Professor Norman P. Stein's thoughts on President Obama's MyRA plan and developments in pension funding have been appearing in various news outlets.
Following President Obama's announcement of MyRA, financial news site, Kiplinger, turned to Stein to discuss its merits as a viable alternative to traditional retirement accounts. MyRA, a savings account which some compare to investing in savings bonds via payroll deductions, could benefit those looking to retire but not invested in a structured retirement account. “I think this could be a very interesting investing option inside a traditional retirement plan,” Stein said. "[MyRA] could be useful for older people who would like a better rate of return than a CD, want to have access to their money and don’t want to be concerned with the loss of principal,” he added.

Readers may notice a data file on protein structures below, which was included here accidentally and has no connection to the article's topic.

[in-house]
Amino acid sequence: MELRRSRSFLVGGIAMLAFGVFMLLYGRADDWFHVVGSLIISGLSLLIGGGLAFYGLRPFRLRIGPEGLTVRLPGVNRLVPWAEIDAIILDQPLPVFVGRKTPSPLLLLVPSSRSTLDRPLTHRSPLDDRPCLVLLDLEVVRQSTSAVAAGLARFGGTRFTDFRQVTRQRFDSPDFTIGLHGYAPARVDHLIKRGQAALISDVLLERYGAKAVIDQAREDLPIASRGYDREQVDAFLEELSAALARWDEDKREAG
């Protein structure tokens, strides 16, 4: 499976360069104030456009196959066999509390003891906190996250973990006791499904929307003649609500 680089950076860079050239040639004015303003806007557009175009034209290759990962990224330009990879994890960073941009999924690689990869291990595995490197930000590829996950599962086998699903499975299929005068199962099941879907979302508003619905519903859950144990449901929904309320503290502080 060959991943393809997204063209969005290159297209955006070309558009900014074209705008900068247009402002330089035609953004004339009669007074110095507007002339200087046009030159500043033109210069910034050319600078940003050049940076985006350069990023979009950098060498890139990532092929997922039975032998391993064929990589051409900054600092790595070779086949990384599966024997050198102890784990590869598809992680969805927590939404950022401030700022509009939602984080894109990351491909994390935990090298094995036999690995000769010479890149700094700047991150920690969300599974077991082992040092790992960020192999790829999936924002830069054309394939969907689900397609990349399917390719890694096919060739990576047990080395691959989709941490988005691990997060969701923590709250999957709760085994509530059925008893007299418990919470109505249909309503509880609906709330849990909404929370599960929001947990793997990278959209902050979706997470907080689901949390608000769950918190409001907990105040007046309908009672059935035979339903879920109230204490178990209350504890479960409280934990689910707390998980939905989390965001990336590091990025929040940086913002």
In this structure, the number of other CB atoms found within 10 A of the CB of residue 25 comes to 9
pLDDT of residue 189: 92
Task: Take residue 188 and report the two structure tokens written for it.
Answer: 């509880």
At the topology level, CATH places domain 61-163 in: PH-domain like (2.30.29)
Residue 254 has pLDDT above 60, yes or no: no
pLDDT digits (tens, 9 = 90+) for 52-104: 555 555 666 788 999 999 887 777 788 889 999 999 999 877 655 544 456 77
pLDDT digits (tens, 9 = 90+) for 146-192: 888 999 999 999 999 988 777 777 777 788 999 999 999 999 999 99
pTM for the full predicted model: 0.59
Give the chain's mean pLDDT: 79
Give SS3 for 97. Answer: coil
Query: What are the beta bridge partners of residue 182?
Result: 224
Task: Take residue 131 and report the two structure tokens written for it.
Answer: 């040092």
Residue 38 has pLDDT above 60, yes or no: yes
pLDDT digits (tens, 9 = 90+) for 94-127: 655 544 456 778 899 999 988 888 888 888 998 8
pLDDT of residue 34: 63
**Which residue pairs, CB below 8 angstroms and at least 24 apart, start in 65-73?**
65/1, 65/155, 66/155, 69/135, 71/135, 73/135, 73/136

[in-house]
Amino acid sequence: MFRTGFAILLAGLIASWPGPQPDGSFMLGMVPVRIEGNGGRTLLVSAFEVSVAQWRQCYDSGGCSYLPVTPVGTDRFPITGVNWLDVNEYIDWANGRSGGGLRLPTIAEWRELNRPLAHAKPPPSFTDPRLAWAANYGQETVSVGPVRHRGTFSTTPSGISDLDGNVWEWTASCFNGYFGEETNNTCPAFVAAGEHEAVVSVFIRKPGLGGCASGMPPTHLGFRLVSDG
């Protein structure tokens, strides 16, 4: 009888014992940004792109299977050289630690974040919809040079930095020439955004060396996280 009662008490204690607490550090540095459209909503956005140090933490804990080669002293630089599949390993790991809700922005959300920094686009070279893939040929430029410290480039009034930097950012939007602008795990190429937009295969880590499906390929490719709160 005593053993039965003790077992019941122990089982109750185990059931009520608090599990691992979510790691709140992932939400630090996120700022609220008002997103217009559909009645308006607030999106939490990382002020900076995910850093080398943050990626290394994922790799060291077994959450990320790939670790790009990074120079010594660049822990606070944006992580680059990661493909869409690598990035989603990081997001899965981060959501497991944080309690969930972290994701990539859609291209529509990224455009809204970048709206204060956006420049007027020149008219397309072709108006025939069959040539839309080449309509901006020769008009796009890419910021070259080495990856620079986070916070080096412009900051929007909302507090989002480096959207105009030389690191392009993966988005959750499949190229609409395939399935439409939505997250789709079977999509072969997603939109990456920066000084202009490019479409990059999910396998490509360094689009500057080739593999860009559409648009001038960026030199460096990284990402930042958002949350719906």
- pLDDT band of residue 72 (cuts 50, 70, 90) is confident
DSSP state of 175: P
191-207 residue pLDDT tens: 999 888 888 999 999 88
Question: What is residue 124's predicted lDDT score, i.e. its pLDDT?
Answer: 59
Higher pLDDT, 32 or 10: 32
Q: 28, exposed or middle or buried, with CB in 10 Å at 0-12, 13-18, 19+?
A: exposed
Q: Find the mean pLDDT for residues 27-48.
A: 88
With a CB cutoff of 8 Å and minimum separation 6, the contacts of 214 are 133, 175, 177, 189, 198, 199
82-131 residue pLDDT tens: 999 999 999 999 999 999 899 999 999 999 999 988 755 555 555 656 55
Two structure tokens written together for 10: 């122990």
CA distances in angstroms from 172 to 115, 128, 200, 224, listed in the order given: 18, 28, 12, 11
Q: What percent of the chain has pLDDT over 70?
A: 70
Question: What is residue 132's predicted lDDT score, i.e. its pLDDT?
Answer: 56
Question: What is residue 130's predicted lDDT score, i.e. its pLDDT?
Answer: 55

Stein was also a guest on CBS radio, San Francisco where he commented on pension plan reliability. Many plans are becoming more stable, Stein said, with some now 98 percent funded, up from the dismal 73 percent we saw not too long ago, Stein said. If interest rates continue to go up, we may see many pensions fully funded soon enough, he added. However, as Stein told Bloomberg BNA, getting funds fully funded will ultimately depend on pension plan sponsors investing in less risky assets.
Professor Stein is a nationally recognized authority on pension law, employee benefits and tax law. In addition to producing a rich body of scholarship, he is actively involved in policy development and testifies frequently before Congress. He also organized this year's law review symposium examining the landmark ERISA pension law.